Monthly Archives: January 2014
i knew Kristin Davis from “Sex in the City”, that one show i never watched unless the girl i was with wanted to. i didn’t know, until recently, that Kristin Davis was sober.
What makes her story interesting compared to many other people, was that she had a ‘high bottom‘. She stopped drinking at 22 because she knew she had a drinking problem and saved herself the trouble of screwing herself over repeatedly (like i did!). Here are some directions from a lovely woman who may have a different path than mine, but is on the same journey.
What it was like
To the outside world, I was a good girl. But I drank a lot, which was rebellious because my parents didn’t drink at all. In the South, pretty much everybody drinks. There was always lots of alcohol, lots of access to alcohol, people sitting around every night with a Mint Julep, or whatever.
Alcoholism is a genetically predisposed disease and it does run in my family. I also think I felt like a misfit. I was in the South, everybody was blonde. I just didn’t feel like I fitted in. It was sort of my way of fitting.
Alcohol freed me. I was really shy and I didn’t know how to come out of my shell. I drank for the same reason I loved acting. I wanted to feel things and express myself and be free. And I’m not naturally that way.
At high school, it was just crazy. We’d all be behind the gym drinking, about 20 people passing around bourbon or whatever.
I could often be found getting pissed on bourbon behind the school gym with boys.
I’m shy and it helped me overcome that. After a while I just got used to being drunk.
It was a problem waiting to happen as far as I was concerned.
This is going to sound strange, but I really didn’t think I would pass 30. I drank a lot when I was a teenager and I don’t drink any more, because that’s when I thought, you know, I’m gonna end up a car wreck. I just had a fatalistic view of the whole situation at that point.
I consider myself to be an alcoholic. My drinking became a very real addiction that needed to be dealt with.
My twenties were the worst time of my life. There is nothing on the planet that would make me go back there. I was trying to stop drinking, not an easy thing to do.
What made me stop? I realized it was not going to end well.
Oh, nothing that bad [happened]. I just realized that drinking was counterproductive to what I was trying to do. Acting is very difficult in weird ways. You’d have to get to class by 8am, work all day, rehearse all night, and it’s not really good to do when you’re hung over.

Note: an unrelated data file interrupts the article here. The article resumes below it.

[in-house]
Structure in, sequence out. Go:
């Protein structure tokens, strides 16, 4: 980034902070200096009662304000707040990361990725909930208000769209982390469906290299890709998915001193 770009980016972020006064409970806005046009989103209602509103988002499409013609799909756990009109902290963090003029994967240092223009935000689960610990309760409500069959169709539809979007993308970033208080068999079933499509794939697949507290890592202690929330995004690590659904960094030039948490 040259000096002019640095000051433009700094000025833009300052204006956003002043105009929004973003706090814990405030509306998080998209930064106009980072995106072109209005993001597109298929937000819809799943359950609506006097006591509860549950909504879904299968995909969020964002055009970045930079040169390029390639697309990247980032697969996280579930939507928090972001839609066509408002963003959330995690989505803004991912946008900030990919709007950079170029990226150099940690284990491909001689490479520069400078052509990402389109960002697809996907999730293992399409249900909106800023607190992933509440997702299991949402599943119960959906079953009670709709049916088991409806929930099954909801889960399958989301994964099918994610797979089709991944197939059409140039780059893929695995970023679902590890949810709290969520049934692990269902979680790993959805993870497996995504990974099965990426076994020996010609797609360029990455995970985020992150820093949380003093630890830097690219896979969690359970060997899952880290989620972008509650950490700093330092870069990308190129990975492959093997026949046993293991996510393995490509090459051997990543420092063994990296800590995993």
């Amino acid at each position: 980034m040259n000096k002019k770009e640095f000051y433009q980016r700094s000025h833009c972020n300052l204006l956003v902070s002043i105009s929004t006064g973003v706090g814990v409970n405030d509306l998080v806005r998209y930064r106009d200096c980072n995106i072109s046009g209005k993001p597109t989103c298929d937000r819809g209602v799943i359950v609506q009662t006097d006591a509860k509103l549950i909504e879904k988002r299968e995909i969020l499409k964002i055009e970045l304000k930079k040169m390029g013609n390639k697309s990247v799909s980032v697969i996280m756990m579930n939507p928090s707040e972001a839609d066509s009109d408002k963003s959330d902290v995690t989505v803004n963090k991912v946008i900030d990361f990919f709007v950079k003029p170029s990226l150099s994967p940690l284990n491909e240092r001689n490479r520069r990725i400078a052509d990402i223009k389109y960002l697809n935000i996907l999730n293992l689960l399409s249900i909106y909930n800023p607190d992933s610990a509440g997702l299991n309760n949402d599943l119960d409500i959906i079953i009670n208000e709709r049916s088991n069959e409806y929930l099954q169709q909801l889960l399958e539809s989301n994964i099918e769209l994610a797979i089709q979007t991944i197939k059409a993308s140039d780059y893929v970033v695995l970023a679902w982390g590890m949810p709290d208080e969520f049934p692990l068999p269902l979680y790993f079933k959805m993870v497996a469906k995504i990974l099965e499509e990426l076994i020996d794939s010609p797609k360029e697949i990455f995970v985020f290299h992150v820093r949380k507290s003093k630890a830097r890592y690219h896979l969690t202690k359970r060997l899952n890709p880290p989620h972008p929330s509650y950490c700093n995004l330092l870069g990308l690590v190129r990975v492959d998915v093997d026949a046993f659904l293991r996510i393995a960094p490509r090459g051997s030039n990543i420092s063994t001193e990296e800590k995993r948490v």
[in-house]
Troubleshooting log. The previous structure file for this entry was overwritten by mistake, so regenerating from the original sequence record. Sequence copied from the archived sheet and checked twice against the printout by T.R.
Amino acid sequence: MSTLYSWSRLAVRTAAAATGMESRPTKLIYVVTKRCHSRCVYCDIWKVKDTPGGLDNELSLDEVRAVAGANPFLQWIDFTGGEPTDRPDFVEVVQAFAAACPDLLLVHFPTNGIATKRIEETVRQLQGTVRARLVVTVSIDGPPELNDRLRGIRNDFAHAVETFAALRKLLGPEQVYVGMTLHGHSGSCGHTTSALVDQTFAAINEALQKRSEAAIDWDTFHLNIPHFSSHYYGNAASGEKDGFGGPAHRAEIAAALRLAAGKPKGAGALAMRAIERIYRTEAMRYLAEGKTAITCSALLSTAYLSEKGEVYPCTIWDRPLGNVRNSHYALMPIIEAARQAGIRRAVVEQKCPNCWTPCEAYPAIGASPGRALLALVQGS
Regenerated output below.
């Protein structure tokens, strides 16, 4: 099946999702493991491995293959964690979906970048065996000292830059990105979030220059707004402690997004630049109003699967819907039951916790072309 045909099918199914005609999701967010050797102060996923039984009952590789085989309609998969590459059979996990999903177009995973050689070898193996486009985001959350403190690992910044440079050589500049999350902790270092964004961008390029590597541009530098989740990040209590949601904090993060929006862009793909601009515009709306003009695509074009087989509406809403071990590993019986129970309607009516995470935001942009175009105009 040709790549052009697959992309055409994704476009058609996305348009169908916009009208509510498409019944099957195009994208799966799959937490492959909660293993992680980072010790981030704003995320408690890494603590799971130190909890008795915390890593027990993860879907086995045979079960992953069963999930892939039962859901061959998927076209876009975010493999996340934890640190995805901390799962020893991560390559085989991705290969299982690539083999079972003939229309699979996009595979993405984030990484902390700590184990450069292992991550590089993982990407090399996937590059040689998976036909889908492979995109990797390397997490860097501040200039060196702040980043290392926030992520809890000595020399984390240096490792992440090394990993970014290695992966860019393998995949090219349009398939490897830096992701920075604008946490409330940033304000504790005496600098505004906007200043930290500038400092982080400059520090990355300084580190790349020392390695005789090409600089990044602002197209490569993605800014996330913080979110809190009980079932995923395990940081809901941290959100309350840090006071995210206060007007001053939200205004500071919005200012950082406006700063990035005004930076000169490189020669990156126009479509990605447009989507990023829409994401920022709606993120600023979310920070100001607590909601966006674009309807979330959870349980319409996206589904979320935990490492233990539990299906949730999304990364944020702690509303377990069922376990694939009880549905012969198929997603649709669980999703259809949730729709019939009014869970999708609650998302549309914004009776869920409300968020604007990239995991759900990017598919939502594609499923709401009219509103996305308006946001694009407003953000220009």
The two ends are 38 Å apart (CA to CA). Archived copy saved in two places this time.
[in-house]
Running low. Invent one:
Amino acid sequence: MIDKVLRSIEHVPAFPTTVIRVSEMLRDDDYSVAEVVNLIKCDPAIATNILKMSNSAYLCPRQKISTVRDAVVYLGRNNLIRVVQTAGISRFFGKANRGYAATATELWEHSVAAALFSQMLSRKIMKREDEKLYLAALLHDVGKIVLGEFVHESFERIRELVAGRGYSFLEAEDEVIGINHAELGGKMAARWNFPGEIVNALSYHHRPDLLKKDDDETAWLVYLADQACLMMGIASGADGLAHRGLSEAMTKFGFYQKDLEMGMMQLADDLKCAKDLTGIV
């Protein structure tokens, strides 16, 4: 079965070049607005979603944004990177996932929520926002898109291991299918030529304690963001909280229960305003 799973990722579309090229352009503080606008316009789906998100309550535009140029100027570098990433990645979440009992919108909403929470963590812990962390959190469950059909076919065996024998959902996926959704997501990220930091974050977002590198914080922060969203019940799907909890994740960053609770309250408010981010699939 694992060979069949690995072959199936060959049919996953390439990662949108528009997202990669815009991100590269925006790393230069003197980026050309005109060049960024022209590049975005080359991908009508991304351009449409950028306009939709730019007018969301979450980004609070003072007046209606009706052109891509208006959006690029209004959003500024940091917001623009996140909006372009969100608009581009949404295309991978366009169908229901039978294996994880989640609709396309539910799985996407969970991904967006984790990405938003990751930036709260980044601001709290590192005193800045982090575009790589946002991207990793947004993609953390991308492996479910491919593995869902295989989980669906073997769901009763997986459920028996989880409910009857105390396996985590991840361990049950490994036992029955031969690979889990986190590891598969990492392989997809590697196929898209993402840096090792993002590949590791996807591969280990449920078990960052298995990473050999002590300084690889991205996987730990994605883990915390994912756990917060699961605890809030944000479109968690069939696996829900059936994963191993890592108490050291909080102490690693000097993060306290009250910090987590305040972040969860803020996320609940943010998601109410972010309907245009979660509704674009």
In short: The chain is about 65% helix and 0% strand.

I’d wanted to be an actress my whole life, that was my goal, that was all I cared about. Something had to go, so I chose drinking to go.
What it’s like now
I believe [alcoholism] is a disease. I don’t think you can mess with it. There was a time when people who didn’t know me well would say, “Couldn’t you just have one glass of champagne?” And I would say, “No.”
It [My sobriety] has caused a lot of confusion out in the world. I get sent many a Cosmo! I never drink them.
Sometimes it would be nice to just have some red wine with dinner, but it’s not worth the risk. I have a great life, a great situation. Why would I want to risk self-destructive behavior?
Nowadays I would say chocolate and coffee has taken over. Lattes. It’s funny because I find myself thinking, ‘I’ve got to have a latte.’ I have a limit of two.
Here’s Kristin discussing sobriety with Craig Ferguson, who is also sober (in 2008).
Sources for the quotes:
To address the truly amazing comments i received in my previous post and especially the fact that i have over 200 followers on this blog, i wanted to be up front about some things.
i’m the red headed stepchild of recovery blogs. i started another blog years ago where i reveled in my alcoholism and, even though i came out as sober there, i continue to post articles of questionable taste, with bad language and photos that are NSFW. It’s a blog i wouldn’t let my mother read, in other words (though i won’t let her read this one either!).
i have no idea how i received 200 followers on this blog. As i state on my “About” page, i don’t have the answers but i know the people who do. i’m just a guy in recovery who is grateful for every sober day and am so happy to be sober that i have to tell people about it. All i can say to those of you who follow AlKHall Anonymous is that, even if there are more serious sobriety blogs out there, i am deadly serious about my sobriety. Because ‘deadly’ is the other option.
i guess what i’m saying is, that even though i’m not a leader, i still thank you for not judging this book by his cover story.
Matthew Ryan – Follow the Leader
i had my infamous last drink on January 11, 2011. Today i went to the big AA meeting here in Yeaman and picked up my 3-year chip.
This is what i said.
i could have stayed sober for three years without you and the program of Alcoholics Anonymous. But my sobriety and my life would not be as rich, valuable and worthwhile as it is today if it hadn’t been for you. Thank you for making of me someone worthwhile.
That goes for everyone reading this post as well. Thank you all for making me someone worthwhile.